We Are Going Somewhere: A Progressive Theology

In Jesus, Theology by Ryan Morey

Theology can be a beautiful thing. The ideas that we hold about God shape how we view the world we live in and our places within it. It can give us hope when things begin to go dark. Theology can also be toxic. Our ideas about God can harden our hearts towards others, even divide close friendships as we worry that those close to us are backsliding or stepping off of the path. In fact some of the ideas that we have historically held onto are the very things that have divided the church throughout time. The creeds were a means early on of determining who was in, and who was out. All of our denominations have largely been created as the fruit of bitter disagreements over doctrine or dogma.

The interesting thing about all of these divisions is that in most any case people on either side will be armed with their swords of the Spirit, the right verses in the right framing to support their view. And all of this diversity is coming from the same book.

When I was in high school I can remember there was a great emphasis in my church community on the authority and perfection of scripture. Some people who were outside of Christian community had said the bible was full of contradictions, and so it became the work of the church to more or less explain away these contradictions and somehow make the scriptures fluid.

The problem is, they’re not.

The bible is messy.

Within the texts there is debate; there is critique and commentary. There is even progression.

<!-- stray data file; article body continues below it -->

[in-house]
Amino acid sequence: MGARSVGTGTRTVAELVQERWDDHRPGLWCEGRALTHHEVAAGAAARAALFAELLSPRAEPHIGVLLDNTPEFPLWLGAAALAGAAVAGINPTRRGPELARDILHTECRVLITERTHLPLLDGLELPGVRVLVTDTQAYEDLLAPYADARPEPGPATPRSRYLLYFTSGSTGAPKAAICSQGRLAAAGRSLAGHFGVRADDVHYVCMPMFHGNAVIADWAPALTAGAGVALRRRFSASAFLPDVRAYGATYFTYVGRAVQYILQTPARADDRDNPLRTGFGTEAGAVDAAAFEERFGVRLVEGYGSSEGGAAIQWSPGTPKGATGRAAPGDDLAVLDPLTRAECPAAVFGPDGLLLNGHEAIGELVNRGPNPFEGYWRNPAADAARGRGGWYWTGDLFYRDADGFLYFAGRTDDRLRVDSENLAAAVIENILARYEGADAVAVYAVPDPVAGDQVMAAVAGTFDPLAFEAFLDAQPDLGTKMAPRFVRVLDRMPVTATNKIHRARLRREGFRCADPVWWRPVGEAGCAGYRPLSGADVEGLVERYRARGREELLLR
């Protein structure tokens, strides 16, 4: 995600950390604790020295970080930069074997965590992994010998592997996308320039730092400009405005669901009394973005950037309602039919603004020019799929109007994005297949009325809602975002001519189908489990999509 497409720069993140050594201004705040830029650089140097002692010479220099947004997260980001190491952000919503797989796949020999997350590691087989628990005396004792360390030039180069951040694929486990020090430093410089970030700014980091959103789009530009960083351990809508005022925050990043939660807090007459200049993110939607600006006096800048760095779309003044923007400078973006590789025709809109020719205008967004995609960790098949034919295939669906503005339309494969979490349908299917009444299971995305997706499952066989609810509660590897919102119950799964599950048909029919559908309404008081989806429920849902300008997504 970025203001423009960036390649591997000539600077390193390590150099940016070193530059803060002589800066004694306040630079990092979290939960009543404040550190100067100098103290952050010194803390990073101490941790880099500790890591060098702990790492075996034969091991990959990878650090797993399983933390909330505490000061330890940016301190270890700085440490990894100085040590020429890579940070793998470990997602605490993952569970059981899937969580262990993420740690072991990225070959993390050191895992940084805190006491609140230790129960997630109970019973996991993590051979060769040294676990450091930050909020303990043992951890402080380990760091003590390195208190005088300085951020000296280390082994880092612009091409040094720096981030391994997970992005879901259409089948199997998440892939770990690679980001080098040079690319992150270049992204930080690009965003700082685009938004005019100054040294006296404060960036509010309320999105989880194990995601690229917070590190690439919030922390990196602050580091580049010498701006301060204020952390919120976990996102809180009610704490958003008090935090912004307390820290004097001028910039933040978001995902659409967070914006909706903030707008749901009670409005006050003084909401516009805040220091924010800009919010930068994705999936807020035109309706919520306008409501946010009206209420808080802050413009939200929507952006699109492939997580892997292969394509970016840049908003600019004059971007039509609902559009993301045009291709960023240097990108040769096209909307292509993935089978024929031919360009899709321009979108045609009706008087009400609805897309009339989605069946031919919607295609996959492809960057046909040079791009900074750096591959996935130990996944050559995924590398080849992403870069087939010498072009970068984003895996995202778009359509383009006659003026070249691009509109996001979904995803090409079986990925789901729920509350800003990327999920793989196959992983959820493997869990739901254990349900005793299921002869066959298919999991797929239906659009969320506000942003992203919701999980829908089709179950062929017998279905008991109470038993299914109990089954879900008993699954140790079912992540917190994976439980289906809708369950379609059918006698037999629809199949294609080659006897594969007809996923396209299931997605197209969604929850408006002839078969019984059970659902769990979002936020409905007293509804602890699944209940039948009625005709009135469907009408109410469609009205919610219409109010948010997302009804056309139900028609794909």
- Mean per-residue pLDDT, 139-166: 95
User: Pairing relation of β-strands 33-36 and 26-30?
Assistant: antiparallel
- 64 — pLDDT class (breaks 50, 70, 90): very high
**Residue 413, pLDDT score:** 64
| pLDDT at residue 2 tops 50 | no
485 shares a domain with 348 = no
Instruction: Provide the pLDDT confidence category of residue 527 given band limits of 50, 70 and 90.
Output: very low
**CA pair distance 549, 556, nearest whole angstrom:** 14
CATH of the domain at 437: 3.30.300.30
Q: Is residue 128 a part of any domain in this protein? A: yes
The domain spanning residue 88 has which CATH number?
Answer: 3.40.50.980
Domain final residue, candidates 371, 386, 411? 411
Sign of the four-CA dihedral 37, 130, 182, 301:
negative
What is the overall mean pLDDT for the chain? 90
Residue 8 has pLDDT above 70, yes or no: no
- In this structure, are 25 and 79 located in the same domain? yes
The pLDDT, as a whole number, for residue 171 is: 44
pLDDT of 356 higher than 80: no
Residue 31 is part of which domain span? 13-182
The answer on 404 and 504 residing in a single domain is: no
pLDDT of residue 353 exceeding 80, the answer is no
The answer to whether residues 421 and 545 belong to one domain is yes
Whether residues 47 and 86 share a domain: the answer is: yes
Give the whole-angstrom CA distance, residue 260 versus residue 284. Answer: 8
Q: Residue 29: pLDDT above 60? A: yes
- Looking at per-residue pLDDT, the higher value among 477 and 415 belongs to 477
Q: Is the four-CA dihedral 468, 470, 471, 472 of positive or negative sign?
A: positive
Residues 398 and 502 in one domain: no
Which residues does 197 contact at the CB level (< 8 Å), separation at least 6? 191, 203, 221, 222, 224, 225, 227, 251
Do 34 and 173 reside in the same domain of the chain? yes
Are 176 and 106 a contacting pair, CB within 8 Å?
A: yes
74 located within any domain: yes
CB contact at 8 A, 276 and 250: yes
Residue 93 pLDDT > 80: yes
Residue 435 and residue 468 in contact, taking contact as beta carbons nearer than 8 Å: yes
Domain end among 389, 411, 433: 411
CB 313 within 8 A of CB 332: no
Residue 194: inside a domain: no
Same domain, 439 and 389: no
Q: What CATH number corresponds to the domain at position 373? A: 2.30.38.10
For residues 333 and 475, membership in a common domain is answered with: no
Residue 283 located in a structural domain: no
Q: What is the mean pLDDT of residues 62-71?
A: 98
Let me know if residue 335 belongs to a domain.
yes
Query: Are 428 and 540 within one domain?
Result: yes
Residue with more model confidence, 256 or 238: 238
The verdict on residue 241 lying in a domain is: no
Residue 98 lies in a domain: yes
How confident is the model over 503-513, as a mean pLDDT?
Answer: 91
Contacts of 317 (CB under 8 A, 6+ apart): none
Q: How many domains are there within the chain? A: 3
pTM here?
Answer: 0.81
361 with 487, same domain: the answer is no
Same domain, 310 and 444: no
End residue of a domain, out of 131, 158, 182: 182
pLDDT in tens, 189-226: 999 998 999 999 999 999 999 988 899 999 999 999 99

Think about how sacred history even begins, with the man Abram being to get up and go, to leave his father, his house and everything he knows for a place he doesn’t know. Abram doesn’t have this lengthy revelation of who God is. In fact this could be a big part of why Abram obeys God later on the second time Abram is told to get up and go, to sacrifice Isaac. All of the other gods demanded this, why wouldn’t this new God? All Abram knows is that this God demands that he move, and this God makes promises if he will. Its not really enough to build a theology around.

Speaking of other gods this is another really good example of this sort of progression that occurs within scripture. Jews have historically been cited as the original monotheists, but as far as their scriptures the Tanakh go, God isn’t the only god at all, rather YHWH has to contend and compete with other gods to win the hearts of the Israelites who keep choosing with worship these other gods. This is why God is described as a JEALOUS God. It isn’t until the period of the Babylonian exile, when the Old Testament was largely being compiled that the idea that the other gods were all false even emerged in their consciousness. They had to go BEYOND the text to get to know God more truly.

What about the sacrifices?

Sacrifices are another instance where we see this clearly. In Leviticus God ordains through Moses several institutions for sacrifice. It was a clearly laid out system so you could know that you have peace with God. The fragrance of the sacrifice was described as pleasing to God. Then things start to shift. Psalms 50 has the Psalmist complaining in God’s voice that he isn’t interested in sacrifices, God doesn’t need them to have his hunger sated. He owns the cattle anyhow. Hosea the prophet says, “I desire mercy, not sacrifice.” The prophet Jeremiah goes even further and has it written that God says “On the day I brought your ancestors out of the land of Egypt, I didn’t say a thing—I gave no instructions—about entirely burned offerings or sacrifices.” (7:22).

So it goes from God demanding sacrifices for relationship, to not needing them, to not really being interested in them at all, to saying, “Yeah, this wasn’t really my idea in the first place.” It isn’t until the writer of Hebrews takes a crack at this that we see what is at the heart of it all, arguing that sacrifices cannot remove sins, but were made to help with the human conscience.